Despite being aware that the children had contracted chickenpox and the risk of contagion had been reported by a doctor, on 12 September 2018, the police picked up the mother and her children from their hotel to carry out their removal from Zurich airport. Officers showed the children an image of forced removal (people being restrained), telling them that if their mother did not cooperate, they would remove them in the same way. The mother suffered panic and anxiety attacks during the removal, which reportedly prompted the police to leave the family at Zurich airport without any money and instruct them to make their own way back to their accommodation in Ticino. The mother thus complained that the Swiss authorities violated their obligation to respect the rights set out under Articles 3 (due diligence in assessing the children’s best interests) and 12 (right of the child to be heard in any judicial or administrative proceedings affecting the child) CRC.

The CRC pointed out that Article 12 does not impose an age limit on the right of the child to express his/her views. In absence of a direct hearing for the children, the situation amounted to a violation of Article 12. Also, the committee credited the argument that Swiss authorities did not take into account the trauma experienced by the children and in consequence, it considered that the national authorities failed to hear E.A. and U.A. and did not show due diligence in assessing the children’s best interests, constituting a violation of Article 3.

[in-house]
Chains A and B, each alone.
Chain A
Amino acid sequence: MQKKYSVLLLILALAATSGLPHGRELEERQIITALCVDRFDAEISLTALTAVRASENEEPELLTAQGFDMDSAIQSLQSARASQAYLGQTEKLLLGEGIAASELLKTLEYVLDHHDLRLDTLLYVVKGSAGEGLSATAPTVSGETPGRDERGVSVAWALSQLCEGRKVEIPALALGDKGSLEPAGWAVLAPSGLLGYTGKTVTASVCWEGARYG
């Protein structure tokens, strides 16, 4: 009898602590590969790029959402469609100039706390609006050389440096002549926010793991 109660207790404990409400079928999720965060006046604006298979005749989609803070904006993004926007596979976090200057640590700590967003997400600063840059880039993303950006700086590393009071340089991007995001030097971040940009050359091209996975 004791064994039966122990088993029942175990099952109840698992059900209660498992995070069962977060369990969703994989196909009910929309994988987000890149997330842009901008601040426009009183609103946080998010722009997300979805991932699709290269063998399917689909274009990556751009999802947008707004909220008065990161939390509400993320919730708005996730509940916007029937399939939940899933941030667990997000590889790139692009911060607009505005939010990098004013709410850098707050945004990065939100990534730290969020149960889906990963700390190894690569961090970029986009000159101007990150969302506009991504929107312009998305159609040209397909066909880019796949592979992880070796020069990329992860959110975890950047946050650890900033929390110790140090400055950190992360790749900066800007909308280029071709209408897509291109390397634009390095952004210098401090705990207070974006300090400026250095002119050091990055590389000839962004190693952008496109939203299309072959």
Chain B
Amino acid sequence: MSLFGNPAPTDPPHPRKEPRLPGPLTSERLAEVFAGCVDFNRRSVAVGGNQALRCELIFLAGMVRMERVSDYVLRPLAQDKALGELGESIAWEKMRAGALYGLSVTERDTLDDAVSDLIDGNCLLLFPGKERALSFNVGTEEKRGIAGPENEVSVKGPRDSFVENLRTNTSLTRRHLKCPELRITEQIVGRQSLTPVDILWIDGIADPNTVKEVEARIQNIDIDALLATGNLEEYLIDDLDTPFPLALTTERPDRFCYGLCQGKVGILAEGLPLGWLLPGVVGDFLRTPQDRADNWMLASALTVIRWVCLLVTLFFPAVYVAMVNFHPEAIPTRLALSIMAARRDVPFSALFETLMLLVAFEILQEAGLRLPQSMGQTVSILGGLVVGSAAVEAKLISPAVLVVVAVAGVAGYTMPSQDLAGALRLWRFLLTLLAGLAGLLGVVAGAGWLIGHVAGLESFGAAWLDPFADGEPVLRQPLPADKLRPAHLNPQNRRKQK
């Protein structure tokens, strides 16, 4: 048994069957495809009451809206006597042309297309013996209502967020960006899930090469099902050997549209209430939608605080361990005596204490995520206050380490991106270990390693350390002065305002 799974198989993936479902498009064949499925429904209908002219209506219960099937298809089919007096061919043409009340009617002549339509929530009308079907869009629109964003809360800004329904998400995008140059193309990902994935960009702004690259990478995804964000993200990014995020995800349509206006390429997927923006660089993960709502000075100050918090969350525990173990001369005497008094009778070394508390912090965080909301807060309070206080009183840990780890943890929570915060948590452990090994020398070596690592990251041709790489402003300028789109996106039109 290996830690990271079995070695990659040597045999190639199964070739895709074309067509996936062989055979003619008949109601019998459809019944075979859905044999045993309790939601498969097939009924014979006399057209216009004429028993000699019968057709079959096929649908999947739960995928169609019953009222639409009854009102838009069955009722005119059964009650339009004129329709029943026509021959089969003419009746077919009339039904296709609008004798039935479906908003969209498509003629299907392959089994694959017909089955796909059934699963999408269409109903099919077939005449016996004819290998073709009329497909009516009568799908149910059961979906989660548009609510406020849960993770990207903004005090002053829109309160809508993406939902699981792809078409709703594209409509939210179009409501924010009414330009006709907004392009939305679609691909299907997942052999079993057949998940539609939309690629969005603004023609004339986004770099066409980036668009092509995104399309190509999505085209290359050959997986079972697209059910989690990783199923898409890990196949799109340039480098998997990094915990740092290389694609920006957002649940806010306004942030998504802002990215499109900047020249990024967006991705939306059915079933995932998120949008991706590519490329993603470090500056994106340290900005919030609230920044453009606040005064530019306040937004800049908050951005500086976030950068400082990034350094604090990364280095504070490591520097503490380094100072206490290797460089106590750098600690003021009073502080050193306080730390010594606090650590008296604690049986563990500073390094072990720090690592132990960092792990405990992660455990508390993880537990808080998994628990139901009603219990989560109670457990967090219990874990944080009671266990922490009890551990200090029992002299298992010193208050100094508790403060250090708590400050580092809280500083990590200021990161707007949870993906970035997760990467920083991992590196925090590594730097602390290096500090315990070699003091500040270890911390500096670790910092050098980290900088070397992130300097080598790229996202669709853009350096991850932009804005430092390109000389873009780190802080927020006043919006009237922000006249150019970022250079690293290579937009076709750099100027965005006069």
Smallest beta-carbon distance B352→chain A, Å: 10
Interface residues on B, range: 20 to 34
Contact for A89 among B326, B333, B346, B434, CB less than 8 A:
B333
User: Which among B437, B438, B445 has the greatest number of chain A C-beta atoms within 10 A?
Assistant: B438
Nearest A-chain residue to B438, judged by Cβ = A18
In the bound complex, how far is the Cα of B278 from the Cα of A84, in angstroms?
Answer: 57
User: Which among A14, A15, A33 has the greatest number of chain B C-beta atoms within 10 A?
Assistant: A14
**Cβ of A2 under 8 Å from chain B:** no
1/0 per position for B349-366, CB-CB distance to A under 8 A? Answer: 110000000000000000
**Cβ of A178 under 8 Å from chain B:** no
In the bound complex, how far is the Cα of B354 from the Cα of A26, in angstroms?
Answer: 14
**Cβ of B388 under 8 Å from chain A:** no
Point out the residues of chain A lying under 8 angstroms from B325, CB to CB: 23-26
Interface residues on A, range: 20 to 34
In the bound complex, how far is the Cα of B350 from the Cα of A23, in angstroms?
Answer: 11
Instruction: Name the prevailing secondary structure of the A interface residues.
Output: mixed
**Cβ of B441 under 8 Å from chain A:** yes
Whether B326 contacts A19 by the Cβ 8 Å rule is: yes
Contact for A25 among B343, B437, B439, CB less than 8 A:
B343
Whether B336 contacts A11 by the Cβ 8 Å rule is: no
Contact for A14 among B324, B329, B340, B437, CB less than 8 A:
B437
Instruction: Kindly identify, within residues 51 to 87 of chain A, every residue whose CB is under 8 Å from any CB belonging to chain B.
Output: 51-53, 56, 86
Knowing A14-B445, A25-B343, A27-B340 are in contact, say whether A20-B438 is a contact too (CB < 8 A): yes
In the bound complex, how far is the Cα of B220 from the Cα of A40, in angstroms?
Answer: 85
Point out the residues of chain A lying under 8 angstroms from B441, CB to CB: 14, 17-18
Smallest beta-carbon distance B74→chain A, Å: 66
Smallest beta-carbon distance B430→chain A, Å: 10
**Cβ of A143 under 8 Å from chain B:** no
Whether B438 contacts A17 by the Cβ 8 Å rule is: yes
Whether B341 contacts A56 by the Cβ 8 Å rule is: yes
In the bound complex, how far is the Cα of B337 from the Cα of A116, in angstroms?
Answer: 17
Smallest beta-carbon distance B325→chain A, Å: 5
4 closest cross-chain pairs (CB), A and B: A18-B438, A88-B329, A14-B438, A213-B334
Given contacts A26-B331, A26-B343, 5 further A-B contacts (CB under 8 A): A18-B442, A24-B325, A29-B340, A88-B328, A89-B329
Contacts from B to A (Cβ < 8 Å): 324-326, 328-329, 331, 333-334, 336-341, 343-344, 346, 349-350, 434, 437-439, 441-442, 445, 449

The CRC finding is the latest in a string of recent legal challenges involving detention and removal proceedings that have confronted Swiss authorities, mainly stemming from the impact of COVID-19. The group Asylex, which campaigns for the rights of people in administrative detention in Switzerland, has helped spearhead these challenges. As previously reported (see 27 June Switzerland update on this platform), on 9 June, the Swiss Supreme Court handed down a judgment in a case brought by Asylex, stating that due to limitations on the ability to deport people, brought by the COVID-19 pandemic, “detention pending removal” was unlawful during this period. According to Asylex, it has pursued similar argumentation in more than 40 cases between March-June and as of 11 June, more than 30 people had been released. After two successful challenges against the Zurich Migration Office at the Federal Supreme Court in June, Asylex president, Lea Hungerbühler said: “The fact that the Federal Supreme Court has now ruled this way in the two precedent cases is a strong indication that the Zurich Migration Office must change its practice.”

Following the establishment of Switzerland’s new asylum system in March 2019, the Coalition of Independent Asylum Lawyers (Coalition des juristes indépendant-e-s pour le droit d’asile) released a critical assessment of the first year of operation of the new accelerated procedure. As part of the coalition, Asylex argued that the procedure is too quick and superficial, and that there have been numerous problems associated with quality of translations during asylum hearings, complaints of racism, and the placement of asylum seekers in isolation in federal asylum centres.